ODI – Australia v South Africa: Proteas too good at Blundstone Arena, but Australia start remembering how to play the game

 

 

 

Australia v South Africa ODI 3, Blundstone Arena, 11 November 2018

 

I’m surprised to find myself the first customer at Bicycle Network’s bike valet service, with only 15 minutes until the first ball is bowled. With a guaranteed park within metres of the main gate, it’s a no-brainer in my book.

 

Inside to a Blundstone Arena filled (well, not exactly) with people standing for a quite well done Remembrance Day ceremony. Taking my seat in the Ricky Ponting Stand after the national anthems (love Nkosi Sikelel’ iAfrika), the players are introduced to the strains of the theme from the excellent WW2 TV drama The Pacific.

 

Australia have sent South Africa in, and the openers duly struggle. De Kock sustains a hit amidships from Starc’s first ball, and next over nicks him to Carey. The top order struggle to gauge the pace of the wicket. Hendricks finally gets off the mark from his 17th ball faced with a fine back foot drive through extra cover. As the pressure builds, Markram is fortunate to survive a suicidal single attempt from a push to mid wicket. A six over the same area shortly thereafter, fast and flat, breaks the shackles.

 

Head puts down a sharp chance diving to his right at cover. Hendricks had picked up another boundary from a glance fine, but an attempted repeat off Stoinis’ second ball costs him his wicket, Carey a good catch down leg side. A touch unlucky, however he’d never looked comfortable.

 

Markram is starting to, though. A pull of Stoinis over the square leg bounces into Church Street. The dose is repeated in Stoinis’ next over. The ball must have disappeared into the rose bushes in someone’s front yard this time, and is replaced. However, batters still seem to be struggling to get a bead on the bounce, du Plessis casting his bat at his own feet as a Starc scorcher rockets from short of a length to pin his gloves to the handle.

 

Having weathered the storm, Miller and du Plessis put on 50 steadily, then look to cash in as Maxwell comes on. Miller survives a positive LBW verdict after he’s struck in front, but to my eye square of the wicket he’d stretched the front pad a long way down the pitch, and the Newtonian physics of the DRS do indeed play out to have the ball passing a millimetre or two over leg stump. Another narrow escape for Miller as a miscued pull carries just far enough over mid on to evade Finch’s lumbering lunge.

 

Zampa’s return from the river end in the 40th over is greeted warmly by Miller, a huge sweep over square leg reaching the second tier of the Ricky Ponting Stand, about thirty seats to my left. But with both batsmen in their 70s and set, Hazlewood is not spared either, deposited over mid wicket by du Plessis. The South African run rate touches 5 for the first time, in the 41st over.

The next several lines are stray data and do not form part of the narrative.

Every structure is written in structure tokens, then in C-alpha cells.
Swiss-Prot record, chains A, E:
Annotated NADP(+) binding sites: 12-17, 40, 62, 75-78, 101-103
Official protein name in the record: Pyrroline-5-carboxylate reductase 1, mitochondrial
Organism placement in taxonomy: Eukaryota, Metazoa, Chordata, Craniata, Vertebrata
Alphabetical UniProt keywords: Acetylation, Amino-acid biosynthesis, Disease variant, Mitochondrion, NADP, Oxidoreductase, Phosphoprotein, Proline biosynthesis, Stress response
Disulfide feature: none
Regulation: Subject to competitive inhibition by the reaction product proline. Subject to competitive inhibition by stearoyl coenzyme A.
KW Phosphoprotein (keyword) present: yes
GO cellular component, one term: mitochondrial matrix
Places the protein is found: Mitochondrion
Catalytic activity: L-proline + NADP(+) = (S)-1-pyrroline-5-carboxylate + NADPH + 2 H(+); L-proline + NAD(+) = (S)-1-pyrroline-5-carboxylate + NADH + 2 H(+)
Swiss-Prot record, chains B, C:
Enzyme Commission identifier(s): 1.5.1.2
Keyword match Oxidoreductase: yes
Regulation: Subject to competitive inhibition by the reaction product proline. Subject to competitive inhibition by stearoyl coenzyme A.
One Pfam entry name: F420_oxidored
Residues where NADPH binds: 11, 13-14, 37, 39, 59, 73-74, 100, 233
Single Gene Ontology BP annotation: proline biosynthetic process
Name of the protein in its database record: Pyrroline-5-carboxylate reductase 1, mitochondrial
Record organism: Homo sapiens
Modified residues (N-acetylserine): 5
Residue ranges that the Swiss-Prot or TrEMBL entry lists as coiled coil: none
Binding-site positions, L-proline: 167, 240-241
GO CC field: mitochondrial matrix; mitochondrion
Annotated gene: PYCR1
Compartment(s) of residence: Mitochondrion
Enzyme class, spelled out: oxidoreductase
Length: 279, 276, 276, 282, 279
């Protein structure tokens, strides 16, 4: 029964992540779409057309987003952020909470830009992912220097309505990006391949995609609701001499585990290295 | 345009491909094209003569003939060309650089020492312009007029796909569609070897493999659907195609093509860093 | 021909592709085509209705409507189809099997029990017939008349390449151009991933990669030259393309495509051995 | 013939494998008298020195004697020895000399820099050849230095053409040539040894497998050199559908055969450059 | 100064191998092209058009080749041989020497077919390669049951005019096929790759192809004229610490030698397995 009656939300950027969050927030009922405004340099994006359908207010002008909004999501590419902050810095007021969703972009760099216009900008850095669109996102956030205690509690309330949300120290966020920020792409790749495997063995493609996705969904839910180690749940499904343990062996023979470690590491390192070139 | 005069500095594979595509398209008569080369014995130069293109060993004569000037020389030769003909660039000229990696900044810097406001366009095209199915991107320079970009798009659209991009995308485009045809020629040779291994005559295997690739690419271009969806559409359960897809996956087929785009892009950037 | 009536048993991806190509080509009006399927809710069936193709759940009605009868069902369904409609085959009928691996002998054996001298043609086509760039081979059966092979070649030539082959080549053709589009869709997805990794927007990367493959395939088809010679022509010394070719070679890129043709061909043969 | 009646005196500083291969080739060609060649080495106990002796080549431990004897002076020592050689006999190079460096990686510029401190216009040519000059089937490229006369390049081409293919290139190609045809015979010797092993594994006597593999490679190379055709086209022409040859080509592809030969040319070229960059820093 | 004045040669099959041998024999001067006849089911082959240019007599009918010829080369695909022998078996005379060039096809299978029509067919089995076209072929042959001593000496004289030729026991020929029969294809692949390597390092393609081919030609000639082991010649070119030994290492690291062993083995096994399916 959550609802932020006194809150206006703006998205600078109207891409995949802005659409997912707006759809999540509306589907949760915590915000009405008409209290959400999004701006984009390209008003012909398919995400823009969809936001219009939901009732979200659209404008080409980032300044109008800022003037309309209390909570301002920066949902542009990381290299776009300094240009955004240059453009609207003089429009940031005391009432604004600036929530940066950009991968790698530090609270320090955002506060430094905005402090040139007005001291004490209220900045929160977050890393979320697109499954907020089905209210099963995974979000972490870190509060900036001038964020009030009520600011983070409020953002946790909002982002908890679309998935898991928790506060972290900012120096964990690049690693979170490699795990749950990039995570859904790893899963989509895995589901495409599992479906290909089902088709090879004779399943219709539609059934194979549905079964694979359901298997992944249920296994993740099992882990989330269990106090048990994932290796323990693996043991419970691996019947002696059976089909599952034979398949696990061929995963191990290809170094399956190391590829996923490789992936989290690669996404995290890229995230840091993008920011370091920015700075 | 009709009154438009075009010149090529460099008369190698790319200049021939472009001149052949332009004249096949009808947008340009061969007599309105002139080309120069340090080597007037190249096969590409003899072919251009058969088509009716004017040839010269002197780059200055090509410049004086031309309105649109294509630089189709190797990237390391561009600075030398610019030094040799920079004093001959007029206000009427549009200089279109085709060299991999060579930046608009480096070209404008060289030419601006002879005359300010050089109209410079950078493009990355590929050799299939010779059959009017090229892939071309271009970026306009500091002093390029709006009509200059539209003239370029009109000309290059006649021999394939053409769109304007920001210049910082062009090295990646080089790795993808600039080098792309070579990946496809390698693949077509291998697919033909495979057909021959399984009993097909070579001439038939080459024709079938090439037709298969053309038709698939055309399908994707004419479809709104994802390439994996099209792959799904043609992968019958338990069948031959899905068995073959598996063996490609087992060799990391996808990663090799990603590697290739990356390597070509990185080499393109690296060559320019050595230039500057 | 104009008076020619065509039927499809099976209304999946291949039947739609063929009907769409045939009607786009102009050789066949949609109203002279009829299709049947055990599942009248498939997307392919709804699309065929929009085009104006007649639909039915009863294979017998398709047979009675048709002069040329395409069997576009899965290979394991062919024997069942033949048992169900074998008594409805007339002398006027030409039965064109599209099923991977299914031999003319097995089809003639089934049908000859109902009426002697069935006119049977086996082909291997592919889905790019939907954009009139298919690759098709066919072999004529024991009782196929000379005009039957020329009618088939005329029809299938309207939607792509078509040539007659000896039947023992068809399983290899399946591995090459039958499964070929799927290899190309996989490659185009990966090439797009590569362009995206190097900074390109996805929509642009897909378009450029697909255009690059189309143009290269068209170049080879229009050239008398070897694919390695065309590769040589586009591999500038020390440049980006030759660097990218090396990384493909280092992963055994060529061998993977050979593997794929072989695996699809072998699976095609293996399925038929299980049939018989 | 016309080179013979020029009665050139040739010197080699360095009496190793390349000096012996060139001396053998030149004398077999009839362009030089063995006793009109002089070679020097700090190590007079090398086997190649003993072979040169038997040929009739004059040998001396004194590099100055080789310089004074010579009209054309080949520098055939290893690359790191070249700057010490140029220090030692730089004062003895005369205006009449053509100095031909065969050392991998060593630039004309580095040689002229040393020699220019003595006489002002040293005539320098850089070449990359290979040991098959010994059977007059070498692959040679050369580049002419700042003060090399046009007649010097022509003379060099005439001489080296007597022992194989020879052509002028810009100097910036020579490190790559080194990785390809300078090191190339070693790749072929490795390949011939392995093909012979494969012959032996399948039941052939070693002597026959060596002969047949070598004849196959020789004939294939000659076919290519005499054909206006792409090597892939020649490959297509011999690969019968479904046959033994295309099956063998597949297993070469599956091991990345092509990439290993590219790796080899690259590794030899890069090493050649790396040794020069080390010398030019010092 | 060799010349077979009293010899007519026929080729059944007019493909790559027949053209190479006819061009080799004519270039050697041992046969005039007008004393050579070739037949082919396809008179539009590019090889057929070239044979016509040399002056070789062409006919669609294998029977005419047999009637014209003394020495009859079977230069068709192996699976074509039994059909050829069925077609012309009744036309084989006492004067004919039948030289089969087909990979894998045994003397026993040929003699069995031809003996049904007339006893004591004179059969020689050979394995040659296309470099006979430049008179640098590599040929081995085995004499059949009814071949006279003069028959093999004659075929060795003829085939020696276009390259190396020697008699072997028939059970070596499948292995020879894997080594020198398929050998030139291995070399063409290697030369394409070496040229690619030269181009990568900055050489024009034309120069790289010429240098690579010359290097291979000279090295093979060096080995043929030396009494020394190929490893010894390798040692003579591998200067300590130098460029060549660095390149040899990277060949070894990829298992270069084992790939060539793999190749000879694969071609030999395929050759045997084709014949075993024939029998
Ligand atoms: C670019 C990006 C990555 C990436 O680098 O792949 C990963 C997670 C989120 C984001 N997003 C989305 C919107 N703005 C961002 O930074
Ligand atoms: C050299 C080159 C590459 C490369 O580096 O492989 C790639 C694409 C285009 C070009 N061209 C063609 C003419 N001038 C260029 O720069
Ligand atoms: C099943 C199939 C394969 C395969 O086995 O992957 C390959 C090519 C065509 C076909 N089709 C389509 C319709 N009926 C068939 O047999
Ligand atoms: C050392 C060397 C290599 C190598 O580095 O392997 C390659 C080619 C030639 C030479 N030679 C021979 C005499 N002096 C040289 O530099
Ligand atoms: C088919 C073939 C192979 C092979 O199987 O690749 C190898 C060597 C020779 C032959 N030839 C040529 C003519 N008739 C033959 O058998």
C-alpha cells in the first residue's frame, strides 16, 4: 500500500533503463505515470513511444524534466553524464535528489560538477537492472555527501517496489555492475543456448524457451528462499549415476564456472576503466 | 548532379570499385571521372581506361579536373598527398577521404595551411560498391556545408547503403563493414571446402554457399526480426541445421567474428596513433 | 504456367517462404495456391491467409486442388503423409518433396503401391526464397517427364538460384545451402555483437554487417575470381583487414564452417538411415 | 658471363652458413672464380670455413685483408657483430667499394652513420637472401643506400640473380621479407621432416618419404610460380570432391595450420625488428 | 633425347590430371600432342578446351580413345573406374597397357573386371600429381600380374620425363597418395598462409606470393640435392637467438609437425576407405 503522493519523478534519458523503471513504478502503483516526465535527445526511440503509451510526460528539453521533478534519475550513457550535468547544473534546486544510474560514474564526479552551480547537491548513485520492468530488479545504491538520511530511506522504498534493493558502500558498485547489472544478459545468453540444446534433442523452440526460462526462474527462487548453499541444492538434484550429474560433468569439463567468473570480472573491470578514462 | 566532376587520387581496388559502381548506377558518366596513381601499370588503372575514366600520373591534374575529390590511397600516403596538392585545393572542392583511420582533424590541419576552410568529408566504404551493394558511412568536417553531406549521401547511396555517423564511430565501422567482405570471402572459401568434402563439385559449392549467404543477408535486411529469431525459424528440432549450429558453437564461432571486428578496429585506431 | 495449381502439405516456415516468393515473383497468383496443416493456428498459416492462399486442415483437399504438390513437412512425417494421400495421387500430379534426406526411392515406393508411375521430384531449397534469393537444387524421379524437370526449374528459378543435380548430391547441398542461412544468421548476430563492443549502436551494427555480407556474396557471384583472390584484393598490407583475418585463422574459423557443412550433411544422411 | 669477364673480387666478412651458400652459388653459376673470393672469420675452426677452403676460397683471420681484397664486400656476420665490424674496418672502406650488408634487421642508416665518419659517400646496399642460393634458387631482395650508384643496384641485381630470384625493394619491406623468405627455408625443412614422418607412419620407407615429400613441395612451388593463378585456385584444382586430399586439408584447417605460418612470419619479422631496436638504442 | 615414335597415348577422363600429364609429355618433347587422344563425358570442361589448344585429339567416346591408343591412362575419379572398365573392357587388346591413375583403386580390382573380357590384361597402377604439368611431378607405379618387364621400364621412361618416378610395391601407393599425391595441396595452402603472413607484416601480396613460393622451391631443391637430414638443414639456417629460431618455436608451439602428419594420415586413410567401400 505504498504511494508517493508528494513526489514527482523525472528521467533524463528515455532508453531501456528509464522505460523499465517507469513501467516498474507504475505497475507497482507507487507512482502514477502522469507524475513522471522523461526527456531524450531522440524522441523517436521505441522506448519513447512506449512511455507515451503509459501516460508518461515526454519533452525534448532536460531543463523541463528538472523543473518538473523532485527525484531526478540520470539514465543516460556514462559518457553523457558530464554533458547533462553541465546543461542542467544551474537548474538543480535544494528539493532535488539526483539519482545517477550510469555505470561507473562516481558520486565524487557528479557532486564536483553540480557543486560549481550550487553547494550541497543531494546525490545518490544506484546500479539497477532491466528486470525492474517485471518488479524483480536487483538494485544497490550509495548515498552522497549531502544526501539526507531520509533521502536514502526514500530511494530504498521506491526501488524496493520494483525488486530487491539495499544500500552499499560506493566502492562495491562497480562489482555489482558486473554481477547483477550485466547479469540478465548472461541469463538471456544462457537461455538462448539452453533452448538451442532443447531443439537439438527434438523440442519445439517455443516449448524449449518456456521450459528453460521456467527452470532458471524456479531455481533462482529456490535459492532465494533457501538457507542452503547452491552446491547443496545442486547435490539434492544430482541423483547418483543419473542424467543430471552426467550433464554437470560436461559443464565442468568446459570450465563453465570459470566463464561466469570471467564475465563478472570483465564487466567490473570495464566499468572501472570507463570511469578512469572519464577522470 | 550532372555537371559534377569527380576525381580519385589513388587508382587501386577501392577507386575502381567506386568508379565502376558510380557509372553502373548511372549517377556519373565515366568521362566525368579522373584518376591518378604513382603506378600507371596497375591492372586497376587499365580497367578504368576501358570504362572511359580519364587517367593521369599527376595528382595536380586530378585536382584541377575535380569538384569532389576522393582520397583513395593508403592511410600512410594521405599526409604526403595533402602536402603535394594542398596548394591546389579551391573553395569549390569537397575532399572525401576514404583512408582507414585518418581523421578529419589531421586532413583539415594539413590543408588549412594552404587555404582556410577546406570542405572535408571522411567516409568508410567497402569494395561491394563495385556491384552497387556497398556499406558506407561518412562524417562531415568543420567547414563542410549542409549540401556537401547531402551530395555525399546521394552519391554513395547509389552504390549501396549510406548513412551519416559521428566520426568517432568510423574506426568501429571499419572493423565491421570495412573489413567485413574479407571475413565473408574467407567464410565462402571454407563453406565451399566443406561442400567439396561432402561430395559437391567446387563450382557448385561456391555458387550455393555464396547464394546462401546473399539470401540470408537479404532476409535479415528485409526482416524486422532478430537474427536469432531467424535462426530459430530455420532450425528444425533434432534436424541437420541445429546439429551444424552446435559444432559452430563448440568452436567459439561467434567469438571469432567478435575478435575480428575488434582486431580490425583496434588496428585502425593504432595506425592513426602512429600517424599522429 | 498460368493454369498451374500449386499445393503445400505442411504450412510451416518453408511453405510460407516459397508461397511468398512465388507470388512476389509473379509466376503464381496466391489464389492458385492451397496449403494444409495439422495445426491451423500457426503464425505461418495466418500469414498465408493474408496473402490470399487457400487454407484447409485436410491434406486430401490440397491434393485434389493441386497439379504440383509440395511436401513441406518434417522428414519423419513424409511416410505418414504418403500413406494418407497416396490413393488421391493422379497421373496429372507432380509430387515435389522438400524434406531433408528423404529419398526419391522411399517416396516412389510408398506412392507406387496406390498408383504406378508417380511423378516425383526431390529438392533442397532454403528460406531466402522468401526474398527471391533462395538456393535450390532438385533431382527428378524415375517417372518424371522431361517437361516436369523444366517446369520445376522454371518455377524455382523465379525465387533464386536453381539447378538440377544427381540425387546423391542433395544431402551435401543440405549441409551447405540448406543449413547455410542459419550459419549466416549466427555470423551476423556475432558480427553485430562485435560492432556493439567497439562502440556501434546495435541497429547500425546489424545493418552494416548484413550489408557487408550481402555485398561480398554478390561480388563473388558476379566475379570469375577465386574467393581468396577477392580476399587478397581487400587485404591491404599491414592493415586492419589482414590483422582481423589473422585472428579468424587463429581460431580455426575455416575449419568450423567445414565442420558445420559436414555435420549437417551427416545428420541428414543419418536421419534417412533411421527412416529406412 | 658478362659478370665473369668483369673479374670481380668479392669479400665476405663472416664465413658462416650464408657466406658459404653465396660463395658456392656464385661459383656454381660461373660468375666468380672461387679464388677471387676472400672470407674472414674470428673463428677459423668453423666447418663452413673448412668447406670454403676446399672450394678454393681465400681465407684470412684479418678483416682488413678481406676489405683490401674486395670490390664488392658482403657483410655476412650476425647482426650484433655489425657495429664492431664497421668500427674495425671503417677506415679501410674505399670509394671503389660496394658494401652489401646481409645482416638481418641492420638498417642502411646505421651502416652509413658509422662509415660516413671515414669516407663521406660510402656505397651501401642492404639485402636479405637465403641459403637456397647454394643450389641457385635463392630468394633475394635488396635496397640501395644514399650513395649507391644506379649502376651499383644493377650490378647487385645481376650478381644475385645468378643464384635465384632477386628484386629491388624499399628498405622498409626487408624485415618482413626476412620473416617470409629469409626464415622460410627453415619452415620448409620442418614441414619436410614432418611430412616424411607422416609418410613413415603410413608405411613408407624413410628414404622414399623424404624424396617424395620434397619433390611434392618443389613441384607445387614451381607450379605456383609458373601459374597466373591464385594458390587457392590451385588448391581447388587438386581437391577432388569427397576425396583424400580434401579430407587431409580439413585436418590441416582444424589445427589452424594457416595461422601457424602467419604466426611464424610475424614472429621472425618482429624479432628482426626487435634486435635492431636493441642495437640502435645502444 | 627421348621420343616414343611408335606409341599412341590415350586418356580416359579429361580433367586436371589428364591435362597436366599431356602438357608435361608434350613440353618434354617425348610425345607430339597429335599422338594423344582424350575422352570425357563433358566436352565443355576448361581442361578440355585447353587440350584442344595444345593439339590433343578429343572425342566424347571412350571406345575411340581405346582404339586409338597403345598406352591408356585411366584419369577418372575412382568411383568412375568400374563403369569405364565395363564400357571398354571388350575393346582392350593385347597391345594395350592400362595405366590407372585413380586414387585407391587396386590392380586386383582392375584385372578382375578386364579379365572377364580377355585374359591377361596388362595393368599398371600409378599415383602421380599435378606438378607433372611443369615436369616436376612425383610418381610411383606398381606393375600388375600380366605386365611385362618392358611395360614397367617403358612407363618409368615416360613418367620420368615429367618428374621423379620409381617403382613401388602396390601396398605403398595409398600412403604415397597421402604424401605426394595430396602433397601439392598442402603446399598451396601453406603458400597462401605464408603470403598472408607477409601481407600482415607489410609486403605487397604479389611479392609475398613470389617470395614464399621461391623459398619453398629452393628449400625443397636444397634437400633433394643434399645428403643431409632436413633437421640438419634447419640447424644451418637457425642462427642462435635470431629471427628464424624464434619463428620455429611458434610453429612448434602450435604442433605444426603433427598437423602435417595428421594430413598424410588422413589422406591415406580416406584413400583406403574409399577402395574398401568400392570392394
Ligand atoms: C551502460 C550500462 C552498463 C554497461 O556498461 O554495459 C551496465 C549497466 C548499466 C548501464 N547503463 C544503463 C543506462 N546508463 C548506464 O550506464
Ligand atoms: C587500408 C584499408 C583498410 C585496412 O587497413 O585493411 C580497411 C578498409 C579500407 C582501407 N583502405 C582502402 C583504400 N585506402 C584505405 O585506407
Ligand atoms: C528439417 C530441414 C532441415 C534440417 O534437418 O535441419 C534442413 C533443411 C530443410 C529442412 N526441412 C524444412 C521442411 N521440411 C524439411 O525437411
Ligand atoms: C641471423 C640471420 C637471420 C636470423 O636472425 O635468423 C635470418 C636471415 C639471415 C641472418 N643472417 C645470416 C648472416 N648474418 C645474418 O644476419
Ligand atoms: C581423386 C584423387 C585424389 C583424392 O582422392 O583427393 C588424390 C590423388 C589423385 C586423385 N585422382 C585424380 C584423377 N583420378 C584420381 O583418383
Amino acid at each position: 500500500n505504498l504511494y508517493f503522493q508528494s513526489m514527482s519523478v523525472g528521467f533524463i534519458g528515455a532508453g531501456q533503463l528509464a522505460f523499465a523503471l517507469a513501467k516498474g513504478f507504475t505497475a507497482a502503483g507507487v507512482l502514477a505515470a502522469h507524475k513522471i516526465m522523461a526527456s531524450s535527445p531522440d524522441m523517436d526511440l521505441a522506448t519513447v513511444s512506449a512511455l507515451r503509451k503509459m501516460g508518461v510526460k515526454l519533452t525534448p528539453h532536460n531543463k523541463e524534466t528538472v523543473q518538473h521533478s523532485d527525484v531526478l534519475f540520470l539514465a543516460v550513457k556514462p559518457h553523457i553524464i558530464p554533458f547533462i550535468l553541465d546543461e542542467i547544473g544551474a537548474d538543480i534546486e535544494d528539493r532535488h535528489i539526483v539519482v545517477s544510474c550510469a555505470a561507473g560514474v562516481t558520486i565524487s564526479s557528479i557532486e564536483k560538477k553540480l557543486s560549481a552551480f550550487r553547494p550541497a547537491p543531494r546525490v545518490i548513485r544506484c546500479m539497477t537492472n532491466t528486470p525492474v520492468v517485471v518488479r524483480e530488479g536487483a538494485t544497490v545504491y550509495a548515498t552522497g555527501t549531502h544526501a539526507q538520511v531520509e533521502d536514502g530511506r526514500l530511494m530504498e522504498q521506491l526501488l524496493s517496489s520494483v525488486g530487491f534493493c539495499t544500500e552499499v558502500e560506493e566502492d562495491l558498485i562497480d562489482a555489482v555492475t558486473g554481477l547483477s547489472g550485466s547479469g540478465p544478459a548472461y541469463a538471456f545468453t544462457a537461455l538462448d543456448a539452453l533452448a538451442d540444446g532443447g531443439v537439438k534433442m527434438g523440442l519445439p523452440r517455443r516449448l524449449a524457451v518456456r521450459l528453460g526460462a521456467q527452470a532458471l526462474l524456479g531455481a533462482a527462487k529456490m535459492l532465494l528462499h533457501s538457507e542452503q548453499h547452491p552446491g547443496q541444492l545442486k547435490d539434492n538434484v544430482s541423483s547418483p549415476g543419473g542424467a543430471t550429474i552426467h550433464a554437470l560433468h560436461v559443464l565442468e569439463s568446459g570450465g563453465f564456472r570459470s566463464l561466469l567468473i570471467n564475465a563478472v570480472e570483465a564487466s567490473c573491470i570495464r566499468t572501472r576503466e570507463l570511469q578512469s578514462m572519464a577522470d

The early pitch demons long forgotten, both South Africans are hitting the boundary at will with both power and deft placement. They’ve been matching pace throughout but it’s du Plessis touching the ton first at just under a run a ball. Miller does the same at just over a run a ball shortly thereafter. Du Plessis proceeds to christen a new replacement bat with an extraordinary bash of a Starc short one through center field, bouncing only just short of the rope.

 

All the stops are out now, in the 47th over; Miller plonks Cummins onto the hill in the outer. Two more brilliantly placed and timed fours follow in succession. Even Starc is not spared at this stage, launched into a suborbital trajectory over deep mid on by Miller. This over, the 48th, costs him 20. The worst ball of the innings, a shocker from Stoinis that bounces in his quarter of the pitch, is what finally does for du Plessis, straining to put bat on it as it lollops through. He departs to a standing ovation, as does Miller off the third last ball of the innings, only deft trans-boundary footwork by Finch and another metre between him and yet another six.

 

South Africa 5/320 (Miller 139 (108), du Plessis 125 (114)

 

The chase starts inauspiciously, opener(?) Lynn getting a great corridor ball from Steyn, and feathering it behind.
Finch hits the boundary nicely a couple of times, then encounters the same bounce-gauging issue as the South African top order. His mistimed push carries easily to Rabada at mid on. Shaun Marsh is stroking it beautifully albeit hitting the field as often as the boundary, but Travis Head never gets going and flashes outside off to give a sharp catch to Markram at backward point off Rabada.

 

A lean period follows, Australia almost identically placed to the South Africans at the same stage, 3/53 at the first drinks break. Still in the same vein, it’s the fourth wicket partnership that begins to show sparks of life. Both Stoinis and Marsh deposit braces of sixes over midwicket, three of them off Tahir. By the 26th over, both are in their 50s.